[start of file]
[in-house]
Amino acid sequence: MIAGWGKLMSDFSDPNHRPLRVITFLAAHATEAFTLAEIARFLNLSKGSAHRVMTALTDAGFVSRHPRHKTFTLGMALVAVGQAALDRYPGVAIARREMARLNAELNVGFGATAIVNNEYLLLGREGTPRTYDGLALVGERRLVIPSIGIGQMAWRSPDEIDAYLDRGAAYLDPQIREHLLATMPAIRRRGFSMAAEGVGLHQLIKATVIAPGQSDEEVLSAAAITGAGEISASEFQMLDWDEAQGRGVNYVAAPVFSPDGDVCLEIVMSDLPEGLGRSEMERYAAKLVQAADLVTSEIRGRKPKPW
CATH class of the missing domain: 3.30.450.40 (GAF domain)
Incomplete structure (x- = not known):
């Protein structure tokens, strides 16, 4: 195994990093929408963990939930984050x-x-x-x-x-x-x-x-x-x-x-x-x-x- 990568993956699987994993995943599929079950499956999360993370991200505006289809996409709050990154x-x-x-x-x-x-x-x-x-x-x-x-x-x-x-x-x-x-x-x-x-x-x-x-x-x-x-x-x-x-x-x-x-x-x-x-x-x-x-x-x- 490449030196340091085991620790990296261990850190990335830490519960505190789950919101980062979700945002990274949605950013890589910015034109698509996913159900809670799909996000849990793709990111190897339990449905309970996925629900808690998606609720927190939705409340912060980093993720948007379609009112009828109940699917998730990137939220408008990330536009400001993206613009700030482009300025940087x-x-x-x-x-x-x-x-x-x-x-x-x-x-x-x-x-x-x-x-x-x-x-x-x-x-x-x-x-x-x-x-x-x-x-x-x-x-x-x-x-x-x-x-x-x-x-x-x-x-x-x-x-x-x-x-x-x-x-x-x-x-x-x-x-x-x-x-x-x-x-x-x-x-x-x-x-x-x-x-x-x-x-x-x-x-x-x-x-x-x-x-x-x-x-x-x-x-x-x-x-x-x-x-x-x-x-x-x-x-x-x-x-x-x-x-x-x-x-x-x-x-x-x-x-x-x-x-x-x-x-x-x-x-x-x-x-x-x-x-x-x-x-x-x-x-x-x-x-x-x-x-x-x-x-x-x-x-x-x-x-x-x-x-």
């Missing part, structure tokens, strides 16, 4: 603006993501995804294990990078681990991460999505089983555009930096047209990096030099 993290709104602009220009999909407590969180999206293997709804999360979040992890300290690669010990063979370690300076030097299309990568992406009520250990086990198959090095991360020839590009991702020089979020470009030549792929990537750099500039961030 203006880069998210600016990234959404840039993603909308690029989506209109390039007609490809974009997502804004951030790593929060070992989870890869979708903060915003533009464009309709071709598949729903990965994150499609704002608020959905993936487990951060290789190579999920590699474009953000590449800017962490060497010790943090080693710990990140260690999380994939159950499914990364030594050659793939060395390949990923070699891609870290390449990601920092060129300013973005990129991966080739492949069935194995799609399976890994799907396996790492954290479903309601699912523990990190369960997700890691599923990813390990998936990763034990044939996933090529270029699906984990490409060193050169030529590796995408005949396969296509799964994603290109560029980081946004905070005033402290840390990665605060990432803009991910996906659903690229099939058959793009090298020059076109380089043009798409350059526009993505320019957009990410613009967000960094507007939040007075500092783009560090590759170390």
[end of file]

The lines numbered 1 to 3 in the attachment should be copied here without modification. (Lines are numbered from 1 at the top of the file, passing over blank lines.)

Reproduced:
[in-house]
Amino acid sequence: MIAGWGKLMSDFSDPNHRPLRVITFLAAHATEAFTLAEIARFLNLSKGSAHRVMTALTDAGFVSRHPRHKTFTLGMALVAVGQAALDRYPGVAIARREMARLNAELNVGFGATAIVNNEYLLLGREGTPRTYDGLALVGERRLVIPSIGIGQMAWRSPDEIDAYLDRGAAYLDPQIREHLLATMPAIRRRGFSMAAEGVGLHQLIKATVIAPGQSDEEVLSAAAITGAGEISASEFQMLDWDEAQGRGVNYVAAPVFSPDGDVCLEIVMSDLPEGLGRSEMERYAAKLVQAADLVTSEIRGRKPKPW
CATH class of the missing domain: 3.30.450.40 (GAF domain)